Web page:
Thousands charts

In Room B-3 we have made thousands charts out of either 20, 25, or 50 cubes. My group chose 20 but other groups chose 50 or 25. We had to cut out cubes in 20, 25 or 50 depending on what number your group chose.
We are also studying about the Ohlone Indians. We had different groups that would study about a certain topic that the Ohlone did. Then that group would act out what the Ohlone would do in their time.

--Alex Stork, Grade 3

Art in B-3

This week and last week our art teacher, Kate, came and taught us about depth and overlapping and three-dimensional buildings in our classroom.
We drew a horizon line first, then we drew triangles, circles and squares. Then we overlapped them. With the building we drew different lines to make it. It was really fun.

--Kathryn Papadopoulos, Grade 3

B-3 thanks PTA

Room B-3 sang "Thanks" to the PTA at Nixon School at 1030 on Thursday, February 20th, at their library in front of parents sitting in chairs.
Alex was a little scared because he did not like to sing in front of a big crowd. Samuel Wood said, "I was not scared because I used to tap dance in front of an audience much bigger than this one."

--Akihiro Sayama, Grade 3

My trip to China

When I was at Hong Kong I had fun because I got to play around the city.
I also got time to do some homework. Sometimes I don't like China because it's dirty. When I was on the airplane, I didn't feel well. When I got home, I felt much better, but it got noisy, because some people were fixing my house.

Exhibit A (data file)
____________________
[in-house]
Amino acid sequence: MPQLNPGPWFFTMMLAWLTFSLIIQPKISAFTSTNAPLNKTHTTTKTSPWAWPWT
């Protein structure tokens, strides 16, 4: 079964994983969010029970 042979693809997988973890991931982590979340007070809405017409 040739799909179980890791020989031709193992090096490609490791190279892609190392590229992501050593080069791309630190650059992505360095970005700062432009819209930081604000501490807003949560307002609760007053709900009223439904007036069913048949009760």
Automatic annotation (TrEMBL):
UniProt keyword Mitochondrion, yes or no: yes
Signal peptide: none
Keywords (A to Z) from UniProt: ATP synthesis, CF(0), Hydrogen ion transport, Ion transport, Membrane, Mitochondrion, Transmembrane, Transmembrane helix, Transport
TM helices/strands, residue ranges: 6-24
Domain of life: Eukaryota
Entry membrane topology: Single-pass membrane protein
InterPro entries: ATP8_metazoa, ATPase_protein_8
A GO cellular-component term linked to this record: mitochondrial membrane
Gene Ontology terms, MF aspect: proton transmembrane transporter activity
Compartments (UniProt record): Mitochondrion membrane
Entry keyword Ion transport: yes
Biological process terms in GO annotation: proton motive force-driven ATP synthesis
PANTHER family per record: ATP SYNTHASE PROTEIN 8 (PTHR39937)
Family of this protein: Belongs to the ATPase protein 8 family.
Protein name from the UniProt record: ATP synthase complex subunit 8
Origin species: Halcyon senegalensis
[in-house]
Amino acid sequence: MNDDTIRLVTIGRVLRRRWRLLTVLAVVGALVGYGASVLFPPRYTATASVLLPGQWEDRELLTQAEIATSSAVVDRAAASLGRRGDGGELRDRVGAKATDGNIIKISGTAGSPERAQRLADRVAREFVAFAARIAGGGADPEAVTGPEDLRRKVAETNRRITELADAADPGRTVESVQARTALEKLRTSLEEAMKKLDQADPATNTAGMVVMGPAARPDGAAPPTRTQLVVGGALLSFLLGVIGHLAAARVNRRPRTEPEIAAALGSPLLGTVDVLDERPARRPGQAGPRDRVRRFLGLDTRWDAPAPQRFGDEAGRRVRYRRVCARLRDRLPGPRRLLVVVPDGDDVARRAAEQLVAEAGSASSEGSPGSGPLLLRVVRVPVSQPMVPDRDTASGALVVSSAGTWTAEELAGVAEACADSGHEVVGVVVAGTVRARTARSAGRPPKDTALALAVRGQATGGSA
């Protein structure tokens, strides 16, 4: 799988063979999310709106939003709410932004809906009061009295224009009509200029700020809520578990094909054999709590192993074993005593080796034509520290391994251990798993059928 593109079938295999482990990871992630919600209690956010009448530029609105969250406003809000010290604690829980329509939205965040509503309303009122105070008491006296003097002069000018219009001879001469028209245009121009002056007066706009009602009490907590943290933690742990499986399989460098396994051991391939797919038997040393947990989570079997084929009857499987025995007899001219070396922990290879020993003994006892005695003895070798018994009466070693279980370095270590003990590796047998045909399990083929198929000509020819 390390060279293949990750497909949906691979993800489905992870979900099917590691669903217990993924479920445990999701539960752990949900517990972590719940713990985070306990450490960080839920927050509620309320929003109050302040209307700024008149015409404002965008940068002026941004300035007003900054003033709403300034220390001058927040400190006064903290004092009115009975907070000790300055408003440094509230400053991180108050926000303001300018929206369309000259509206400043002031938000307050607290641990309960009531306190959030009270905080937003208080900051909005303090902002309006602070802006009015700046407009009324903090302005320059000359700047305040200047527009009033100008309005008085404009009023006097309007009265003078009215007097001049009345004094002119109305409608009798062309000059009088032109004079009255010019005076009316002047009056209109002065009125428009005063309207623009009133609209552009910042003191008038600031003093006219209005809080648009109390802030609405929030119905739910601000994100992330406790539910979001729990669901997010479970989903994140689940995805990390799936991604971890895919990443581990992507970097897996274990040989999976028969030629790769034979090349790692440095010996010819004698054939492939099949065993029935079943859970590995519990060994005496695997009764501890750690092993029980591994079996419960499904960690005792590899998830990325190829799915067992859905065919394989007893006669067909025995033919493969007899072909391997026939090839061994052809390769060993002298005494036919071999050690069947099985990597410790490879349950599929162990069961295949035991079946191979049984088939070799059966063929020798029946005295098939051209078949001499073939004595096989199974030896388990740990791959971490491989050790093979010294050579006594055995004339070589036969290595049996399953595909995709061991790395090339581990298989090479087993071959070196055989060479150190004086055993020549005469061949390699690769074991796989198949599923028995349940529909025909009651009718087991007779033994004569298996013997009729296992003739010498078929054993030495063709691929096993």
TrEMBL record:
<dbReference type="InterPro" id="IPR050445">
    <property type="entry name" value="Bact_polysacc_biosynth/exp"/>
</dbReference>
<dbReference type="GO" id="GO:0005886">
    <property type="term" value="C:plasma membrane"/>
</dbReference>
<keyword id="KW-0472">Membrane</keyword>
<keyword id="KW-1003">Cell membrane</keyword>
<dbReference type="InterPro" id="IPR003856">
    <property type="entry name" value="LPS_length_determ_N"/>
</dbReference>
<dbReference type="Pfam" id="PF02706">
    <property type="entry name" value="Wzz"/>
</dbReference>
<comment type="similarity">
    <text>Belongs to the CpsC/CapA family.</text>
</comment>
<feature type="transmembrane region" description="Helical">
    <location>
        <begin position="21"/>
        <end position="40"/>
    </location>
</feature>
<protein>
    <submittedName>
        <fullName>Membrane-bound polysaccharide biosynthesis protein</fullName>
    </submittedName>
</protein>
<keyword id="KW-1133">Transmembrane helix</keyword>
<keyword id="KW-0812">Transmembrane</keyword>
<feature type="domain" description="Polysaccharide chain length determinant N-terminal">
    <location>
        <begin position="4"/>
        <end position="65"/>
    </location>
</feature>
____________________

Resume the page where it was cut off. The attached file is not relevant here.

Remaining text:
--Steve Zhou, Grade 3

Famous happenings in B-3

Are you famous? Because if you are, one of the students in Miss Kerrie Swan's class might be pretending to be you.
On January 21, 1997, novice Theodore Roosevelt stepped up in front of the classroom and gave an outstanding speech. After the speech, James felt very happy he had stopped pretending to be Theodore Roosevelt.
Madame Curie was a very good talker for her age and condition. She had the greatest, I think, in the whole world. After the speech, Nasa Shiraishi, a Japanese girl, was very relieved that it was all over.
On January 14, 1997, David Crockett stepped out of the crowd and gave a speech. According to Matthew, he had a funny feeling when he gave his speech.
On January 28, 1997, a very, very scared Ben Franklin stepped up to give another outstanding speech. Afterward, Lyla felt very funny and very proud and she also decided to stop pretending.
Right now you are probably thinking: Why did they choose Theodore Roosevelt or Ben Franklin? Here is why: "We like science," said Ben Franklin and Madame Curie. "He was a interesting person," said Theodore Roosevelt. "He was recommended," said David Crockett.
Well, I hope you are famous because Miss Kerrie Swan's class could have listened to an outstanding speech about you.

--Lyla Fujiwara, Grade 3


We interviewed some teachers at Nixon to find out what they like to do when they aren't teaching.
Most of the teachers like aerobics, reading, dancing and skiing. They like teaching very much, but they also like going on vacations, seeing their families and friends, and playing with their animals. We didn't know that teachers did anything but teach.

--Carli Nelson-Escutia and Natalia Zatarain-Geiseler, Grade 3

Warm fuzzies

Warm fuzzies are something that kids give to each other like, "You are my best friend".